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Paul Rand: Defining Design

By Staff on Nov 13, 2013

The Museum of Design Atlanta is currently hosting “Paul Rand: Defining Design,” an exhibit examining the design legend’s career. We had the chance to talk with Daniel Lewandowski, the exhibition’s curator and creator of Paul-Rand.com to glimpse his understanding of the icon, as well as insight on what modern advertisers and designers can take from his work.
 
How did this exhibition come about?
It really all started when I began building the website paul-rand.com in 2005. It was out of frustration with lack of more information about Mr. Rand that inspired me to build it and has been a labor of love done entirely on my own time between projects. In 2011, I was at a photo shoot for Delta Air Lines in Minneapolis, MN which happened to be the opening night for Michael Skjei’s exhibit “bRANDs: The Early Years,” which focused on Rand’s early logo and character development. Michael and I became fast friends and thought it would be a great idea to bring something like this to Atlanta. 
 
So I approached MODA with idea and they were intrigued. We spoke at length about Rand’s contributions to the field of graphic design and, in particular, his writings about the subject. This was a unique approach to exploring his work because he wrote very clearly and concisely about topics such as typography, color, form and content, repetition and humor. This also matched up quite well with MODA’s goals of educating and inspiring their visitors. So we began working towards bringing it to life. The staff and I worked closely to figure out exactly what the overall experience would be and how visitors would flow from one room to another.
 
Overall it has been a huge success for MODA and the Atlanta design community and I couldn’t have been more proud of the outcome and thankful to everyone involved to make it happen.
 
How is Rand's work still relevant today?
Rand’s visual work will always be relevant because it was done with the utmost attention to craft paired with a deep understanding of aesthetic principles that have informed artists, poets, sculptors and the like for eons. He recognized that there was no artistic difference between a painting and a poster as long as it was done with quality and used those same principles to create a compelling image. He believed that art, no matter what form, was the synthesis of form and content. His writing is just as important in that it explains quite clearly his beliefs about those same principles that informed his work. 
 
I believe that is one of the main reasons he was able to be so successful in his career. He was able to find inspiration around him but interpret it in his own unique way. Publishing on the topic using his own work solidified his position.
 
What can advertisers take from this exhibition?
Anyone who is in a creative field can walk away with the sense that design is everywhere in our life. No matter what the problem may be, whether it’s interesting to you or not, you can still solve it with creative combinations of those same aesthetic principles. You just have to figure out your own way of using them and how you define “design” for yourself. Along with the fact that a brand doesn’t have to be doggedly consistent in everything they do. A bit of freedom and flexibility goes a long way to give a brand some personality.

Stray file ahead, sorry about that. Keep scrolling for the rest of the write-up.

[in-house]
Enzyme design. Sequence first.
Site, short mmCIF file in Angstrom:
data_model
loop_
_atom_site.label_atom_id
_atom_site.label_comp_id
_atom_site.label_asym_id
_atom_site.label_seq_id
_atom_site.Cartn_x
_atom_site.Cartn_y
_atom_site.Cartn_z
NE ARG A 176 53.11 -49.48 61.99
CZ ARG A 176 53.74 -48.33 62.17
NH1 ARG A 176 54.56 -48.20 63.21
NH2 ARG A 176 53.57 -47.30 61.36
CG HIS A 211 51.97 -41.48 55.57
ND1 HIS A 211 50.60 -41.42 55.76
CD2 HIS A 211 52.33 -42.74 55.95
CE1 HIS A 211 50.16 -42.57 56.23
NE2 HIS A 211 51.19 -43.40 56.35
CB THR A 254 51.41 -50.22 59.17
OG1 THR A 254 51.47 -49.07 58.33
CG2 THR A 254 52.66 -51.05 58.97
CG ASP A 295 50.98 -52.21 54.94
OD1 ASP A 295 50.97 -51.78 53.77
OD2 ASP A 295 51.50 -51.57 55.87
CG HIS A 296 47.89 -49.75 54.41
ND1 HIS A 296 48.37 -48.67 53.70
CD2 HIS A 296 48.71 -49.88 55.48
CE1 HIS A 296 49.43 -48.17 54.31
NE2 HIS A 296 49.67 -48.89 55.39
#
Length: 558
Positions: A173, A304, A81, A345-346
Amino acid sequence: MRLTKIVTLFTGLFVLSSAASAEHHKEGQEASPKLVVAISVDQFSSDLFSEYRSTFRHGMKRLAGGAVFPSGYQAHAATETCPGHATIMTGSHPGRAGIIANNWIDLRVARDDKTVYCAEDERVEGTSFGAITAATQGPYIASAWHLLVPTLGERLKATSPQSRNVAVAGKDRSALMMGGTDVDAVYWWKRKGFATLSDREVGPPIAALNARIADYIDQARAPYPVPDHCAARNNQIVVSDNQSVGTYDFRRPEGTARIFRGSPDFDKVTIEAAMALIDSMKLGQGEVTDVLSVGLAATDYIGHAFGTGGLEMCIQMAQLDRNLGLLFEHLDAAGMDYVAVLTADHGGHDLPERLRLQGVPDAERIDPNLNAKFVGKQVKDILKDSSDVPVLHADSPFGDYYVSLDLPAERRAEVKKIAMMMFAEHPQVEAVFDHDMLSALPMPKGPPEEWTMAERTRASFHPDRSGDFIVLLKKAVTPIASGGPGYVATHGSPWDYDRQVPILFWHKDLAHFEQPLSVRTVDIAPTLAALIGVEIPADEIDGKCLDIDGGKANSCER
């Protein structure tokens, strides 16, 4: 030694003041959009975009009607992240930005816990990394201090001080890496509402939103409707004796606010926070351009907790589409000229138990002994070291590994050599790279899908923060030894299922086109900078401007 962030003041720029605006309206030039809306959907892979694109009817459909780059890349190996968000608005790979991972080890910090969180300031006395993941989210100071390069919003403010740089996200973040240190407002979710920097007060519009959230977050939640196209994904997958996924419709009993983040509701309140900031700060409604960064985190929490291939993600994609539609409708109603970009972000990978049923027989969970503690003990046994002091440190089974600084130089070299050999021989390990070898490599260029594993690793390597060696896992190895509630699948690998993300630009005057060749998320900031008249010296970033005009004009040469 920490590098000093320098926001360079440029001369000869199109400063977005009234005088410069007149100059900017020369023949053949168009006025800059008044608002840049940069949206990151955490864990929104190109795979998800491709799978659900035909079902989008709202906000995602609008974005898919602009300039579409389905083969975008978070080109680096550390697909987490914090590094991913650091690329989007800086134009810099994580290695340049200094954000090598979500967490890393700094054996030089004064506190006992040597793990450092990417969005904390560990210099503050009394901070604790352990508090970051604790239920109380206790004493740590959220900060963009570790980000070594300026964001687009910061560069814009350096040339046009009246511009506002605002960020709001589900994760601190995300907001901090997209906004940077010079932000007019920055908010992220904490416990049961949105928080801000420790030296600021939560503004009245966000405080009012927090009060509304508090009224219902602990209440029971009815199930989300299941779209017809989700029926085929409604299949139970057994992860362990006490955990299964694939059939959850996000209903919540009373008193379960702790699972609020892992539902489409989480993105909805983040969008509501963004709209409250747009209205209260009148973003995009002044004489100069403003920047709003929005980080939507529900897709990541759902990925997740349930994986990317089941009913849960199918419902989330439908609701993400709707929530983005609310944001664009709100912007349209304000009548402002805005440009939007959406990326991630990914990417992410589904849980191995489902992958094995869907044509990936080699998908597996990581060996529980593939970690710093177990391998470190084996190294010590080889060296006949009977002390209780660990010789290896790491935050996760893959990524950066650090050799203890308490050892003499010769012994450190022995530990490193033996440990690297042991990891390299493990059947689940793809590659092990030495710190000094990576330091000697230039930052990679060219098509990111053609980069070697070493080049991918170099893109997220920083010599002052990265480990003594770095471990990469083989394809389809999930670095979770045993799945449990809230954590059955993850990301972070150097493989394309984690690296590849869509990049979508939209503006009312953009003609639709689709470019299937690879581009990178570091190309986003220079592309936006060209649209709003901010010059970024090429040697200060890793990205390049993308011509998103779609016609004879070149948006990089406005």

How did Rand influence the aesthetics of logos?
Rand was doing logos before they were called logos; before the term “branding” existed. His early characters are some prime examples of branding and visual flexibility at its finest. His work for El Producto is great example of taking an ordinary cigar, infusing it with human qualities, and creating a memorable image that customers were always delighted to see. If you compare his later work, and what he’s most known for, to those early campaigns, you’ll see a consistent thread—that belief of form fusing with content around a unique idea. 
 
One interesting element about his logo development was his presentation books given to clients. By themselves, they are fantastic lessons in typography, color, form, symbolism and concept. They walked clients through his thought process, which helped them understand why certain decisions were made. His booklet for Steve Jobs’ NeXT is his most famous, but there were others much earlier and just as well written. We were lucky enough to have all but one, Frigiking, in the exhibit.  
 
Besides the fact that he was able to distill his designs down to simple, geometric forms (and you can’t really argue with geometry) these books, I believe, heavily influenced how logos are presented today. 
 
How is the design world different because of Rand?
Many people may not realize this, but the Art Director/Copywriter team really started with Paul Rand and Bill Bernbach. Their collaboration while at the Weintraub Agency set the standard for how we work today. Rand respected and valued the work of a good copywriter and they were able to single-handedly change the agency model forever. 
 
Rand was always striving to do what he called “good work”. He wasn’t trying to be original or groundbreaking, he was just doing what he thought was best with the combination of a good idea and unique visual interpretations. One of the biggest things we can all take away from Rand is that no matter how mundane or boring you think a subject may be, there is always a unique solution. It just depends on how hard you want to work to find it.
 

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